Premium inflation is the biggest Obamacare battleground
However, the biggest battleground of Obamacare's success or failure usually revolves around its premium prices. A recent study published by Loren Adler and Paul Ginsburg of Brookings Institution in Health Affairs found that Obamacare has lowered premiums compared to the trajectory they were on prior to its implementation. The author's estimated that a 44% hike in premium prices would need to be enacted in 2017 just to match the prior premium price trajectory before Obamacare.
But, there's also little denying that premium prices are on track to increase in 2017 at a faster pace than we've seen in many years. An early analysis by the Kaiser Family Foundation of 14 major cities estimated a 9% median increase in premiums for the upcoming year, though finalized weighted increases of 59% in Tennessee, 45% in Illinois, 33% in Georgia, and 30% in Iowa, give the impression that premium hikes may be a lot worse than consumers expect in 2017.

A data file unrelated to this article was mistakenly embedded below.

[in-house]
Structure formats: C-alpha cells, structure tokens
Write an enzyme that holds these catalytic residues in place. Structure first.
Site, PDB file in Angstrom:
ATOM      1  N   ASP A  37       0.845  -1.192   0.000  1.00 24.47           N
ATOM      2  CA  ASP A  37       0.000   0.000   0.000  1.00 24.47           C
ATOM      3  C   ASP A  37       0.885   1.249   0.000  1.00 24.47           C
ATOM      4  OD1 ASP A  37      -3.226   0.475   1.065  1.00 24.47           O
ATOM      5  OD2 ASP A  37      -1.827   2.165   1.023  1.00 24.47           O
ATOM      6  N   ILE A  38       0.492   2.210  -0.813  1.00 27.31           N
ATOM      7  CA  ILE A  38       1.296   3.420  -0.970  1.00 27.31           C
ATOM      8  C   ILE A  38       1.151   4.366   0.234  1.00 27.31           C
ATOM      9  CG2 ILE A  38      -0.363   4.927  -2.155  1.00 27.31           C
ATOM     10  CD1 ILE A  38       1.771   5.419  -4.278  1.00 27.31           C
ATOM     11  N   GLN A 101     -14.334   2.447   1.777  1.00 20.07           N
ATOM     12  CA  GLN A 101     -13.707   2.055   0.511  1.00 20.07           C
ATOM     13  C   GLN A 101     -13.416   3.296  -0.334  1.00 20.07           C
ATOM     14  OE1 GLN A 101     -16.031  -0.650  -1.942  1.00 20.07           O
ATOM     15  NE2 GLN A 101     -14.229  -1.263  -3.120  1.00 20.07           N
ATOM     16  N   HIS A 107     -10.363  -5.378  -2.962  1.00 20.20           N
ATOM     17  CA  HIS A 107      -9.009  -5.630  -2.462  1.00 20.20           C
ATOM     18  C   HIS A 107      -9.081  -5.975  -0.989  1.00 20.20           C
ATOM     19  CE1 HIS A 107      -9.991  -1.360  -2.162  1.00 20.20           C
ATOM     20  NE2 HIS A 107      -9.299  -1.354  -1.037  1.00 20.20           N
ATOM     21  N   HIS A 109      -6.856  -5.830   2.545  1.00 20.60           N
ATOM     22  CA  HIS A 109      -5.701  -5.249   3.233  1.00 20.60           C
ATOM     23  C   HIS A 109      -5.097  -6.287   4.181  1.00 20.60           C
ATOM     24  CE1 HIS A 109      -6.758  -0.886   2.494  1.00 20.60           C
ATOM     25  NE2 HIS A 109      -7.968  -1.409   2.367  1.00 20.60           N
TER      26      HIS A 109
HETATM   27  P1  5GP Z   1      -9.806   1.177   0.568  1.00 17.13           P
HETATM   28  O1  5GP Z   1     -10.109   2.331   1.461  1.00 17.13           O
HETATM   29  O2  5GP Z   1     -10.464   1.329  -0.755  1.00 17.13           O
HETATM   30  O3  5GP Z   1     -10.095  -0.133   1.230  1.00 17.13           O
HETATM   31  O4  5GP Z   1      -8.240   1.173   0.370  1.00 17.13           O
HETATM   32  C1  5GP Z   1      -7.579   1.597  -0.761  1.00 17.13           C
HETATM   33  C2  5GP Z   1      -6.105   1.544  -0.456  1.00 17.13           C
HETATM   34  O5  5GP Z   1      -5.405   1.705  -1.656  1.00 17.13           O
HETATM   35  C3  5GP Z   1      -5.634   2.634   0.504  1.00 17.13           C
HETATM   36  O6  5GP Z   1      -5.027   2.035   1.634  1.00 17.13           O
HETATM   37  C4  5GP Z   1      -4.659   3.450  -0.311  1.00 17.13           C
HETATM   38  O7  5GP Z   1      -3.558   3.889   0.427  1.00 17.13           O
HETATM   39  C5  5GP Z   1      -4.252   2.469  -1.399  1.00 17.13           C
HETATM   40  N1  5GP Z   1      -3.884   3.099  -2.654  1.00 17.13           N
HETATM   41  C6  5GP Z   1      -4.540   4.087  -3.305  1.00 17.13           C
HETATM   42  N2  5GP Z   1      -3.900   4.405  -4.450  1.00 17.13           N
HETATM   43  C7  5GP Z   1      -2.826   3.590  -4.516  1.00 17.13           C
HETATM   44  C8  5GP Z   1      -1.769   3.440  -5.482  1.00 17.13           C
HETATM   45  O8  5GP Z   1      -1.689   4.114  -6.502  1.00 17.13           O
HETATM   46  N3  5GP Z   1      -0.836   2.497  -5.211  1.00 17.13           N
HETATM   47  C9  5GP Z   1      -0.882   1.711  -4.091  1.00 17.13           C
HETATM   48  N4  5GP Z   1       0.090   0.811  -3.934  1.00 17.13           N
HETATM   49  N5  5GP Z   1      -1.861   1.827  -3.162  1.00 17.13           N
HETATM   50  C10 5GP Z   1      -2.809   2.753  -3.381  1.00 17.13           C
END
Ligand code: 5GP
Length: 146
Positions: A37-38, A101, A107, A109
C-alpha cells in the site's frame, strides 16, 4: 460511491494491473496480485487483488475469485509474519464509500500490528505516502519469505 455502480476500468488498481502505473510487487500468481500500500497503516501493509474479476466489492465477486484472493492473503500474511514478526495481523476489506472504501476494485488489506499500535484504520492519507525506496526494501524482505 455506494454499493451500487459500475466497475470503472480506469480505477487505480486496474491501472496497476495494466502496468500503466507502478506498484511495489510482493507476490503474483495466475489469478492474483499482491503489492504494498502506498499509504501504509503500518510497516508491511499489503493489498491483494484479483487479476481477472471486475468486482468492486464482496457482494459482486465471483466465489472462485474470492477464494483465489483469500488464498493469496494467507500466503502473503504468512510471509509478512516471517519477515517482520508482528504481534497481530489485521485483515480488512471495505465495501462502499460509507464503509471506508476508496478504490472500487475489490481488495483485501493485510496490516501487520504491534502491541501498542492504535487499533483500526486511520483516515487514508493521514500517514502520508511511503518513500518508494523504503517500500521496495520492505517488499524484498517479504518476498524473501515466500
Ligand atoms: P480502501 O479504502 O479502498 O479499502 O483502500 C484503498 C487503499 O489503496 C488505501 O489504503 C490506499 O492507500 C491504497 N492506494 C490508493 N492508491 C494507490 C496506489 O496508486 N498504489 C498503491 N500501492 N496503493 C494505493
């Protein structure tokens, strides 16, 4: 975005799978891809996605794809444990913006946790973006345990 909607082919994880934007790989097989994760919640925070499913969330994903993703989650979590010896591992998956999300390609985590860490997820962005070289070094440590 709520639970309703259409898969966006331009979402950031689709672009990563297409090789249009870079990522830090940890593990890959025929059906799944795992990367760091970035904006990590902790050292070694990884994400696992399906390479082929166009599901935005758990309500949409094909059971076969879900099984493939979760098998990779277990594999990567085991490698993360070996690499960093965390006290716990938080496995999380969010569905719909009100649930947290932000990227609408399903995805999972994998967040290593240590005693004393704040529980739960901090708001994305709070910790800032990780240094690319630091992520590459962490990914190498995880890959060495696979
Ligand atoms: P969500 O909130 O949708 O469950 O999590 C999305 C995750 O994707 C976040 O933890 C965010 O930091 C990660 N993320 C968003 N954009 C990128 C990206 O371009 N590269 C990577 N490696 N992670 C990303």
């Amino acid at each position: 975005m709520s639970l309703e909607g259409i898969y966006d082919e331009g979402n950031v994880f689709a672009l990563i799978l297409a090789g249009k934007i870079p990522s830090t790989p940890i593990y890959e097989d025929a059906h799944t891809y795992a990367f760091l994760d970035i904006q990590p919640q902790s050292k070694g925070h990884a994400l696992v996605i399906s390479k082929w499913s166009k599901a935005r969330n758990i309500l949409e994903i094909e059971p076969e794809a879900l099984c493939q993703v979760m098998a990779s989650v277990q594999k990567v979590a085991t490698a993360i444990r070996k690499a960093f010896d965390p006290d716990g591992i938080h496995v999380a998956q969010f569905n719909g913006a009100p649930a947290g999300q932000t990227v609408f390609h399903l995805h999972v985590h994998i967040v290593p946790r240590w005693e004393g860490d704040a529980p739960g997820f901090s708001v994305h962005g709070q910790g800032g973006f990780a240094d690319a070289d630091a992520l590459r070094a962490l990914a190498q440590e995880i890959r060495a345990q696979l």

Controlling premium inflation has become a concern for consumers. Yet, interestingly enough, insurers have a solution. The only problem is consumers probably aren't going to like it.
Here's how insurers plan to lower your Obamacare premium
Based on a newly published study in the journal Health Affairs from authors Daniel Polsky, Zuleyha Cidav, and Ashley Swanson at the University of Pennsylvania, insurers are managing their costs and premium inflation by offering considerably narrower provider networks.